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Reviews Database > BLU RAY REVIEWS > GOD TOLD ME TO (BLU RAY) (1976)
Published by David Carter on 2015/3/1 (842 reads)
Directed by Larry Cohen
Review by David Carter

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Released by Blue Underground
Running Time: 79 minutes
Rating: Not Rated
Color format: Color
Audio/Subtitles: 7.1 or Mono DTS-HD English, 5.1 Dolby Digital Surround EX English/English, French, and Spanish Subtitles
Region Code: 1, NTSC
Aspect Ratio: 1.85:1
16:9 Enhanced: Yes
Special Features: Commentary by Larry Cohen, Interviews with Cohen, star Tony Lo Bianco, and SFX artist Steve Neill, theatrical trailers & TV Spots, still gallery
Trailer Online: Yes

Short Version: Cohenís mind-bending masterpiece

Few exploitation directors can lay claim to a body of work as extraordinarily bizarre as that of Larry Cohen. With all of the imagination of a Jess Franco but with twice the talent, Cohenís work, particularly in the 1970s, was unlike anything else to make its way through drive-ins and grindhouses. Cohen began the decade with the genre-defying blaxploitation film BONE before delivering the one-two punch of BLACK CAESAR and HELL UP IN HARLEM, two of blaxploitationís most revered films. Nothing in those three movies prepared audiences for the 1974/1977 film ITíS ALIVE, however. Cohenís grotesque killer infant film shocked audiences and drew them to the theatre in droves, spawning two sequels and a remake. Cohen didnít slow down in the 1980s, releasing the winged-monster film Q and the cult classic killer yogurt film THE STUFF in 1985.

As impressively surreal as most of Cohenís oeuvre is, the pinnacle of his weirdness has to be 1976ís GOD TOLD ME TO, now available on Blu Ray from Blue Underground. The film opens as a sniper perches on a rooftop water tower and begins randomly shooting the citizens of New York. This detail is an adaptation of the real-life Charles Whitman murders, and it is the final aspect of the film that has any basis in reality. Detective Peter Nicholas scales the water tower to confront the shooter in an attempt to gain the manís trust enough to find out why he did it. The shooter gives the devout Catholic Peter an answer which he never expected to hear, ďGod told me to.Ē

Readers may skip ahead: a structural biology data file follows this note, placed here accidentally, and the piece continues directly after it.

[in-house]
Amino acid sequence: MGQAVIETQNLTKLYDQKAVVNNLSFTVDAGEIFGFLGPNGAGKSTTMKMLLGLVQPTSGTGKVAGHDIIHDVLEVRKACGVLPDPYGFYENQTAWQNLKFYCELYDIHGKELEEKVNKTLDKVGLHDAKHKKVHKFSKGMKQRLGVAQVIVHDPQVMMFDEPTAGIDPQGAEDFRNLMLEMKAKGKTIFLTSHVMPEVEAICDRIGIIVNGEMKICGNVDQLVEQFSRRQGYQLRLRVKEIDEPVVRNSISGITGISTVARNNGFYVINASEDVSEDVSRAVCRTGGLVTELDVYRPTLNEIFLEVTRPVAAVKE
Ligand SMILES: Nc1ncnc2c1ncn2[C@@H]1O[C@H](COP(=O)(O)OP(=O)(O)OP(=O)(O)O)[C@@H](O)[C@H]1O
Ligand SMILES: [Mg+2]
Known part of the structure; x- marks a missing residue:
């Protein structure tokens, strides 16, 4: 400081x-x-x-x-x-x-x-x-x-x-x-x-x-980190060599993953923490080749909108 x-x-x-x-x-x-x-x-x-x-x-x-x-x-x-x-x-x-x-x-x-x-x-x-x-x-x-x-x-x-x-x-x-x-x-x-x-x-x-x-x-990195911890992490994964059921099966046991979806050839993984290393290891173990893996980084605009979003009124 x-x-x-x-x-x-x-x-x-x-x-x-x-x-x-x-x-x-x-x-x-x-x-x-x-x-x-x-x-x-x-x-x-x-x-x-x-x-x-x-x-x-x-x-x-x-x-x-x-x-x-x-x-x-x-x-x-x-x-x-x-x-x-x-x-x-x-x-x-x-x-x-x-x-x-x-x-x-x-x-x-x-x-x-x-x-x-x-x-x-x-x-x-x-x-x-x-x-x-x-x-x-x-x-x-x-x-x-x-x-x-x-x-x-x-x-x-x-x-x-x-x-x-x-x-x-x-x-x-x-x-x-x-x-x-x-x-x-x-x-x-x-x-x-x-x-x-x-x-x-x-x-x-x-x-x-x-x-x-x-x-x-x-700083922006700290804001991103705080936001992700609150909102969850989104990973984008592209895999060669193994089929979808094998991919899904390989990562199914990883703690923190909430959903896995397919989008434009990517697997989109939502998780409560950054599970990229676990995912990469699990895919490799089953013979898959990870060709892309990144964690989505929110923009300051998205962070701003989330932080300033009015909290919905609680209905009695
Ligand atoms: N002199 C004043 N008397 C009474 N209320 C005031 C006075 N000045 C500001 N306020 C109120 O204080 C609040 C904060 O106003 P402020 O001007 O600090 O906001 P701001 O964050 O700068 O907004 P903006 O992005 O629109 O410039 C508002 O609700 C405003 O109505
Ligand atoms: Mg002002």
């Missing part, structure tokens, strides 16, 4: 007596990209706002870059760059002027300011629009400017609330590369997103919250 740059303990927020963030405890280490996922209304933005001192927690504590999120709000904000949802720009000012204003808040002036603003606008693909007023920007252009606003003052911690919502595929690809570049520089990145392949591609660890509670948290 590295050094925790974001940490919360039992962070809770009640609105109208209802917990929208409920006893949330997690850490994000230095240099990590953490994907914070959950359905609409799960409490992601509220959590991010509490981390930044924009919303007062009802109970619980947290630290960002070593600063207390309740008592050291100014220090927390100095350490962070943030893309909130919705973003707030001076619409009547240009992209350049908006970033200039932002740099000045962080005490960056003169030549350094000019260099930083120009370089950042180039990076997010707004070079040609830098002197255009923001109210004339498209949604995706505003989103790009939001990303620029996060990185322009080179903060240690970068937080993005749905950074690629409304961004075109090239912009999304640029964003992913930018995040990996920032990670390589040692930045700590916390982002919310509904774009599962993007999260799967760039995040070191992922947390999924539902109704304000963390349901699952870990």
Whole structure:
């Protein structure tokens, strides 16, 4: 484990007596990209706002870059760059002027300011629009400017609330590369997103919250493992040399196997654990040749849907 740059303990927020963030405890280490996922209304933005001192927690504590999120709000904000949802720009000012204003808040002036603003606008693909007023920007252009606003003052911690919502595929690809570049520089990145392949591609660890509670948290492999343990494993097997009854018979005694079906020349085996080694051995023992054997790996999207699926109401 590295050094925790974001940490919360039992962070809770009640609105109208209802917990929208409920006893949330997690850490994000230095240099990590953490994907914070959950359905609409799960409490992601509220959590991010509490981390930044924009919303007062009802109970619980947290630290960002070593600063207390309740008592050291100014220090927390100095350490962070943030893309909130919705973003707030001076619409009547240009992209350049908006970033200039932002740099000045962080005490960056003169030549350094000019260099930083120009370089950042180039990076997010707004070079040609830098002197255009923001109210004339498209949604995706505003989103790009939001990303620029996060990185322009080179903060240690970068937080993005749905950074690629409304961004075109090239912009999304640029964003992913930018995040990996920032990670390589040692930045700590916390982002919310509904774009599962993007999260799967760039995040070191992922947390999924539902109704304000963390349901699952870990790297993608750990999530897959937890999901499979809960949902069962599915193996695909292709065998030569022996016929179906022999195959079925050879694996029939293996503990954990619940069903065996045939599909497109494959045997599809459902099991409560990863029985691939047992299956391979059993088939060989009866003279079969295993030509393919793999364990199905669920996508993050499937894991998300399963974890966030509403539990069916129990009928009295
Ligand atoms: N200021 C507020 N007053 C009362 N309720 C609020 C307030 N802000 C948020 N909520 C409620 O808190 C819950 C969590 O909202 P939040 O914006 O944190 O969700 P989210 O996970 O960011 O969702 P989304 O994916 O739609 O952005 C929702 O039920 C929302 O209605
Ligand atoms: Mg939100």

The phrase haunts the veteran cop but he has little time to ruminate on it as a rash of ďGod told me toĒ murders paralyzes the city. Peterís obsession with the stopping the crimes leads to his suspension from the force after breaking a gag order from higher ups who want to keep the meaning behind the crimes quiet. His investigation leads him to search for a mysterious man, Bernard Phillips, who may have some connection to the crimes. To Peterís surprise, Phillips finds him; or rather, his disciples find him. Phillips is the ďGodĒ referred to by the murderers, and his mysterious powers and connection to Peter are even more shocking that the mass murders heís unleashed on New York.

GOD TOLD ME TO is an engrossing film. What begins as a simple crime/horror film evolves into something much more that is no less captivating than it was nearly forty years ago upon release. I wonít spoil the plot for you, but at the heart of the film is Peterís crisis of faith. A devout Catholic for his entire life, Peter is forced to reconsider his concept of God and, later, his concept of himself. This relatable idea serves as the filmís foundation and allows Cohen to take the remainder of the plot in a variety of increasingly insane directions. Certainly one of Cohenís better efforts and likely one of the strongest exploitation films of the seventies.

Blue Underground has pulled out all the stops for their Blu Ray release of GOD TOLD ME TO. Cohen fans will be pleased to find an audio commentary track and two question and answer featurettes. GOD TOLD ME TO became a cult classic because of a brief, blink-and-youíll-miss-it appearance by comedian Andy Kaufman. Those who tracked the film down solely for that purpose were doubtlessly drawn in by one of the most unique films of the seventies. The Kaufman angle is now only a footnote to the film, as GOD TOLD ME TO is finally receiving the recognition it deserves on its own merits.
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